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Love this Pug, quirks and all


I WOULDN'T go as far as to say Peugeot’s 206 and 207 ranges were failures in being worthy successors to the iconic 205 - after all, I don’t know how hard, if at all, the manufacturer tried to make them iconic.

But that really is irrelevant, for the simple reason that the Peugeot 208 is a great little car, regardless of whether or not you choose to isolate it from its history, expectations and what it is “supposed” to be (you should).


It already impresses at first glance. Few can argue that it’s a looker at the front, especially with that strip of LED lighting running along the outside edge of the front lamps.

The back, however, with its crab-claw light clusters, will polarise opinion a bit more. I, for one, don’t like them.

On the inside, the 208 wins and loses points.
Its interior quality is immaculate for a car in this class. Some of the plastics are a tad hard to the touch, but nothing feels or looks cheap.

Familiarity with the ergonomics takes a while though. The dominating feature in this top-of-the-range model is the touch-screen display featuring Peugeot’s SMEG technology, which controls all radio and connectivity functions.

No one can accuse Peugeot of designing a dull interface. It is attractive and kind of funky, but it’s not very user-friendly while driving and you’re going to have to spend some down time figuring everything out.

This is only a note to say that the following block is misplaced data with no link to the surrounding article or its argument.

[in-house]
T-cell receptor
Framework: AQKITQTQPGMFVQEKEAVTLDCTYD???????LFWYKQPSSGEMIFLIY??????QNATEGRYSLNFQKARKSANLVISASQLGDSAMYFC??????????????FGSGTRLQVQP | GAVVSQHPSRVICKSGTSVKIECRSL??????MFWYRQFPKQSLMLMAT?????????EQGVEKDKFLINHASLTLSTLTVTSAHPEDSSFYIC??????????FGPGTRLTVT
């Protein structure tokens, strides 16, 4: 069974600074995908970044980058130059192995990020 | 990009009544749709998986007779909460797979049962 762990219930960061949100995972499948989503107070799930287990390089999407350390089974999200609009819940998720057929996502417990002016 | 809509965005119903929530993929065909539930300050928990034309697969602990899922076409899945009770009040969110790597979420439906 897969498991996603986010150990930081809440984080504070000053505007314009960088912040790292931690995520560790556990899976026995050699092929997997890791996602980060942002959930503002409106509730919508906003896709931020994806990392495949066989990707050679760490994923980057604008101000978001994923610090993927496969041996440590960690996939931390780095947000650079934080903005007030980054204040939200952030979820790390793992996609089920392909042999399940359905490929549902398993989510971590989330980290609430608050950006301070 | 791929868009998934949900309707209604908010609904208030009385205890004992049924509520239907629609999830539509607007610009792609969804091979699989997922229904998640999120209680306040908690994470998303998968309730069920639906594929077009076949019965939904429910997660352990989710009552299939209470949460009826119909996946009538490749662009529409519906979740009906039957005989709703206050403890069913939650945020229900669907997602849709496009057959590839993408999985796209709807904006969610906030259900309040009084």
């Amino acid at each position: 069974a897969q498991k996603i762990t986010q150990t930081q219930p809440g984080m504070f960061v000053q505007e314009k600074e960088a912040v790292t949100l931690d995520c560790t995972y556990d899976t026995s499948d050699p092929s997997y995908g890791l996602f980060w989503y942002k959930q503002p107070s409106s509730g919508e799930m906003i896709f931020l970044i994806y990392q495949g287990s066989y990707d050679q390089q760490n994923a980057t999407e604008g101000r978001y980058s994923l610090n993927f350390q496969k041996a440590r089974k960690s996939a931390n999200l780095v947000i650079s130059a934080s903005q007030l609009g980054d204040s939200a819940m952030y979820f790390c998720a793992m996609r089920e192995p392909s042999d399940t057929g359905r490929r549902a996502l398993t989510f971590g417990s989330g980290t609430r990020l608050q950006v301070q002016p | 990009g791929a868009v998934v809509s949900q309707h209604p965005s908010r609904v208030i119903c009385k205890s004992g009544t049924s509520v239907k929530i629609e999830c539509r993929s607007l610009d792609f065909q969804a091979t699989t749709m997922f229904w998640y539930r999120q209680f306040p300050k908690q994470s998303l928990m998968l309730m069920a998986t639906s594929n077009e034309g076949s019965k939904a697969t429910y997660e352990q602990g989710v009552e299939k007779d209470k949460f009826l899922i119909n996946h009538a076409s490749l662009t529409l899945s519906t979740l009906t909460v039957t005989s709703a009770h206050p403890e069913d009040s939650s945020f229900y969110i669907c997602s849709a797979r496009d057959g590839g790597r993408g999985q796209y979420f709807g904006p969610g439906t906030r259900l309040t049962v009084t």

I also couldn’t for the life of me find the workings for the cruise control until I accidentally missed the indicator stalk when wanting to turn and my finger hit the stalk for the cruise control. It is positioned precisely behind the steering wheel’s left spoke, completely out of sight. Working it is a synch though.


The 208’s instruments are absolutely stunning.
They’re simple and clear and illuminated with beautiful white back-lighting at night. Ditto the trip computer, which also features a digital speed readout.

It’s a pity then that you can’t really see it. Due to the (admittedly awesome) steering wheel’s size, its top rim sits almost exactly in your eyeline, meaning that you have to look over or under the wheel, depending on how tall you are.
Where the little Peugeot wins back masses of points though, is its comfort. The seats are wonderfully supportive and that quirky small leather-clad steering wheel is wonderful to hold.

On the move, the 208 is a bundle of awesomeness. It’s not very fast, but it knows how to use what speed it has. It’s nimble and great fun.

We’re accustomed to driving different cars very often and don’t get all that sentimental about them, but I had to lend the 208 to my editor one night and boy, did I miss it! Once I got the keys back and settled in the driver’s seat, I heaved a sigh of absolute childlike bliss.

Yes, it’s not perfect. It took me a while to find a comfortable seating position, the ‘sticky’ touch of the media interface is frustrating and it really isn’t all that spacious. I also couldn’t even closely match the claimed fuel consumption (by which I don’t mean that its consumption isn’t good). But I love this car!

Take its relatively high price, likely resale value and competition out of the picture and I would buy a 208 in a heartbeat.

Actually, you can factor the competition back in, because the only car that might make me reconsider, is the Kia Rio. And that’s very good company to be in.

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